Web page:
You can use Twitter to listen to the audio room without an account
You can use Twitter to listen to the audio room without an account

Twitter offers users the ability to share a direct link to the audio room so that others can hear live audio conversations over the network without logging into the platform.

The social media giant said that the new feature targets users of Spaces who have friends who are not on the platform. But they still want to hear about space.

This expansion has opened up Twitter's audio space to more people and given the social media giant a better way to reach new users outside of its platform.

The new functionality also gives Spaces an edge over competitors like Clubhouse and Facebook Live Voice Rooms.

The company has rolled out several features over the past few months to simplify rooms and attract more users.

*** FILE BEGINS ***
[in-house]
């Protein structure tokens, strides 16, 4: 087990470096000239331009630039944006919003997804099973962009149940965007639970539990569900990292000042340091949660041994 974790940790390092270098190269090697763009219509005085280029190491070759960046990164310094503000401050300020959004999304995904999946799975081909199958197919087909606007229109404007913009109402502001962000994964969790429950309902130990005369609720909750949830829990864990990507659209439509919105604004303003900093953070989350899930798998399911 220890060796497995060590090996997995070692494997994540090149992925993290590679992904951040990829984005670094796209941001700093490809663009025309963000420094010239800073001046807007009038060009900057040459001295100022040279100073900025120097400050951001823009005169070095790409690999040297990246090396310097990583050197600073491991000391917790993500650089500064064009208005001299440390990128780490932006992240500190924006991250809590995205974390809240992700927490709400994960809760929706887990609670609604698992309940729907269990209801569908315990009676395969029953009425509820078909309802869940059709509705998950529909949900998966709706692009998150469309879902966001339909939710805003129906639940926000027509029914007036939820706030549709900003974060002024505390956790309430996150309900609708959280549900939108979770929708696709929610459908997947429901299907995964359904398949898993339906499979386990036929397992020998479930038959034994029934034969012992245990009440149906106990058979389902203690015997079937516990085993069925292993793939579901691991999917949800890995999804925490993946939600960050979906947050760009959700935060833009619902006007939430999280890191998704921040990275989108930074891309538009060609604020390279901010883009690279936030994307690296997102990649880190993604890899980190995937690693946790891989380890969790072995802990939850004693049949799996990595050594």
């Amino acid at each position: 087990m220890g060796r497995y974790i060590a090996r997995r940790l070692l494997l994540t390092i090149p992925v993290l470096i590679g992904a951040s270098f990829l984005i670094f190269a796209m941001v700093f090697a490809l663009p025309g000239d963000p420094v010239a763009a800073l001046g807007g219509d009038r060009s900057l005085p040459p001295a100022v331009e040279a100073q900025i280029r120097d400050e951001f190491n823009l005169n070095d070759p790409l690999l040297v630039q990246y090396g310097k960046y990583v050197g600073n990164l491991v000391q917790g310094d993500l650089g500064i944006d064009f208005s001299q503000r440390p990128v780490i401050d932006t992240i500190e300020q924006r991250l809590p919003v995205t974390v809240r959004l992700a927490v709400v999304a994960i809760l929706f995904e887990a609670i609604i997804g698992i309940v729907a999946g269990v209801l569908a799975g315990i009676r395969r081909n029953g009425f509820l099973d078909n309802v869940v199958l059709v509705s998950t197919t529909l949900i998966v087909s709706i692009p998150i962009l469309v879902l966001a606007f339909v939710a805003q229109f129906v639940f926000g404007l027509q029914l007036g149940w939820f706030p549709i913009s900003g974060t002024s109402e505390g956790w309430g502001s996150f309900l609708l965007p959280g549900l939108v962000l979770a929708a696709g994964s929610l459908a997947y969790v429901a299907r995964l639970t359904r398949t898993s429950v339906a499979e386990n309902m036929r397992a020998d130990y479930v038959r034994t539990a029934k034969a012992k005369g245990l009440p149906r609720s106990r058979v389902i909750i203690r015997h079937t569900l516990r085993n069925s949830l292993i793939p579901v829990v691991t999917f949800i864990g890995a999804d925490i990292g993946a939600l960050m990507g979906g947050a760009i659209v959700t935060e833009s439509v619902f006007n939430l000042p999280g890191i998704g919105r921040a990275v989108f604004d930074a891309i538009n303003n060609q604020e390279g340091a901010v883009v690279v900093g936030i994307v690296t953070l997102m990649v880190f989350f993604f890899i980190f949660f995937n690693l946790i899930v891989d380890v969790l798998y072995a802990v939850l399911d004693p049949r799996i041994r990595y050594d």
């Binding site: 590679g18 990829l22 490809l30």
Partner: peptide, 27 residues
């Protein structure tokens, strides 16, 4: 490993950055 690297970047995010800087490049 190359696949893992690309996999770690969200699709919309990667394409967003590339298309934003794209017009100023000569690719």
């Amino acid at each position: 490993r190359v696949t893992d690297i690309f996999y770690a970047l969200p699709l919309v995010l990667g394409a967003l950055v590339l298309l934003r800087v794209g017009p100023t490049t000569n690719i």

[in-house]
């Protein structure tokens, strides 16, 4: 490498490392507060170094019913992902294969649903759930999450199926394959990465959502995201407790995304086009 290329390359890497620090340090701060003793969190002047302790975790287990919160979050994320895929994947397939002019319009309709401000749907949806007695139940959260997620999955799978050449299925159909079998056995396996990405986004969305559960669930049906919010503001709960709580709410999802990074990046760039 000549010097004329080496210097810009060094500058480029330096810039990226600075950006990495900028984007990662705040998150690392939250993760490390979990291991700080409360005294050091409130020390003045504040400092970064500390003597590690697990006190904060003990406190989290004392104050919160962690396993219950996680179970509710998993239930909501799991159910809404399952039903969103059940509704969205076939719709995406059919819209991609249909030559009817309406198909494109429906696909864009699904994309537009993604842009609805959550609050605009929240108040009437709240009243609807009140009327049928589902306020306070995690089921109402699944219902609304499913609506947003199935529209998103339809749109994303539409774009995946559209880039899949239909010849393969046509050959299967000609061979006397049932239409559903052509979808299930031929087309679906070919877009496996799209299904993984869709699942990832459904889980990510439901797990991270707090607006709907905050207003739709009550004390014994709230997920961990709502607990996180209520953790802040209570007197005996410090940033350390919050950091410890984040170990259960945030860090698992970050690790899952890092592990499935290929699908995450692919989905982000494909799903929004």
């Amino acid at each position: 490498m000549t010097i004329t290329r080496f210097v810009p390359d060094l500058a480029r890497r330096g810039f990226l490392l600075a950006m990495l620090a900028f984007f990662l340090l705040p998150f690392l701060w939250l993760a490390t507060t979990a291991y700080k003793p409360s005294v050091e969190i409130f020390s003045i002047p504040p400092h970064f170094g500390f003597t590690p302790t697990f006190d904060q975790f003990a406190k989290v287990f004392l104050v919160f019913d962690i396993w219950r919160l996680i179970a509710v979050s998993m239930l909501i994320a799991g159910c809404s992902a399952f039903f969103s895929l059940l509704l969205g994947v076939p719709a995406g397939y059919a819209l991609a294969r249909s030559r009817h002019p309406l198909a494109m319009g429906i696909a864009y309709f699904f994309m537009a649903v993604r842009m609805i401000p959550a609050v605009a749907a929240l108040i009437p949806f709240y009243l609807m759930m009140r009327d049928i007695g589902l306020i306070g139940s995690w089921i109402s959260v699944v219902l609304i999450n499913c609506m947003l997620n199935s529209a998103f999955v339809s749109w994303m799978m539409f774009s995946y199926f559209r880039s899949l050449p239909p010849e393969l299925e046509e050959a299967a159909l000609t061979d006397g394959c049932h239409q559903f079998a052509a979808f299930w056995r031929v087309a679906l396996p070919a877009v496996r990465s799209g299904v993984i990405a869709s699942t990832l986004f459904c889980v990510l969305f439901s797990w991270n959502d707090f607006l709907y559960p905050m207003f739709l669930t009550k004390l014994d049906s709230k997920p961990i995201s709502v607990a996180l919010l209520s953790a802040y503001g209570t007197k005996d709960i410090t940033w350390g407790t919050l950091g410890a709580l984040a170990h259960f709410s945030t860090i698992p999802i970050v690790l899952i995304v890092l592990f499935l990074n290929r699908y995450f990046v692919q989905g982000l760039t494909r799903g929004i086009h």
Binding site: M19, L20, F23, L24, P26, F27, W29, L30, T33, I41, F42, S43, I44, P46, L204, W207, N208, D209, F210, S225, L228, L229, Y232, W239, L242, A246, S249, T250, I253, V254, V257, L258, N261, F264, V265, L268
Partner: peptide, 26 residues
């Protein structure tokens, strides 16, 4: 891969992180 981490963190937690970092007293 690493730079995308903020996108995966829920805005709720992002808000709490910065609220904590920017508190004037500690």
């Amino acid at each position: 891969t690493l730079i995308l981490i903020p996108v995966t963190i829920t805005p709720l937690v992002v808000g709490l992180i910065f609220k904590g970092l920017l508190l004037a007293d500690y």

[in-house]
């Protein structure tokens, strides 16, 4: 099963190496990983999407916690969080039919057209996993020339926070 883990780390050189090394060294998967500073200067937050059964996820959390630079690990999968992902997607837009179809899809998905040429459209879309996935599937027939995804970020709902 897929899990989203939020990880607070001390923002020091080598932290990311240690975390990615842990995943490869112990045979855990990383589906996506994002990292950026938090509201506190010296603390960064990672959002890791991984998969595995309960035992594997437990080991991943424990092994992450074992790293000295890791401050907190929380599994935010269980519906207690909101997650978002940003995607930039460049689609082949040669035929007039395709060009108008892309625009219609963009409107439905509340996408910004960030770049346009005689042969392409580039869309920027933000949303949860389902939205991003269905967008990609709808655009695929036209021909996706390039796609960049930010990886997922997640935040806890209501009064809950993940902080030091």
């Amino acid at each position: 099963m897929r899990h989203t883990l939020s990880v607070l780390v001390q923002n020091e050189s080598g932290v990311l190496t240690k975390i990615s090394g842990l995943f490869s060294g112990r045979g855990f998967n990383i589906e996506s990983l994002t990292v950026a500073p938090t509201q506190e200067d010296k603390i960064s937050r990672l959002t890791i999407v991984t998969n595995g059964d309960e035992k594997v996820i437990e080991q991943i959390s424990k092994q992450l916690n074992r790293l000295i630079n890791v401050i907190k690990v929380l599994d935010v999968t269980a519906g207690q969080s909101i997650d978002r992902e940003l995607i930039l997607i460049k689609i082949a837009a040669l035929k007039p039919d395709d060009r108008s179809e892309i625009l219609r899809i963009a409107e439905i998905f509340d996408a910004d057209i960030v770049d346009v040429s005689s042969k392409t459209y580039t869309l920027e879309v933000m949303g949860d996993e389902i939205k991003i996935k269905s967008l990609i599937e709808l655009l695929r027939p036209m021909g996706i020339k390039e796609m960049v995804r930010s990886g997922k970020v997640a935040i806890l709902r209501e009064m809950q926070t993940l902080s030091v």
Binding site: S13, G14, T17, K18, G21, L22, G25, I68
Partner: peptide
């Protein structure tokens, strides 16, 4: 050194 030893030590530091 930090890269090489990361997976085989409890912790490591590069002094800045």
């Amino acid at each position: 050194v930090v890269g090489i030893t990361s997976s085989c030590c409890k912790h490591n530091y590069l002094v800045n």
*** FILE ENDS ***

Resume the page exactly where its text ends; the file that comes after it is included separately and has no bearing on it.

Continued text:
Last week, the company launched Spaces Recording for testers on iOS, which will then be launched worldwide.

This feature allows the host to define new recording settings for Spaces before starting a real-time audio session.

After the conversation, you can share the recording on Twitter. This way, listeners can play back or share again at any time.

I also started testing Spaces, brought a private Spaces tab for Android users and an update with simpler DM invites. The platform now also shows popular areas in the Explore tab in iOS to increase their visibility.

Direct link eliminates the need for communication

It is worth noting that Clubhouse has also recently updated its platform to better compete with its competitors. Clubhouse has expanded its products to enable asynchronous listening, including support for audio editing, playback, and export.

It also supports 13 new languages ​​including French, German, Hindi, Indonesian, Italian, Japanese, Kannada, Korean, Malayalam, Brazilian Portuguese, Spanish, Tamil and Telugu.

Live audio is growing in popularity during the pandemic because people all over the world are confined to their homes. However, with restrictions lifted in many countries and in-person events returning, companies offering live audio rooms hope to retain users by introducing new features and facilitating conversations.

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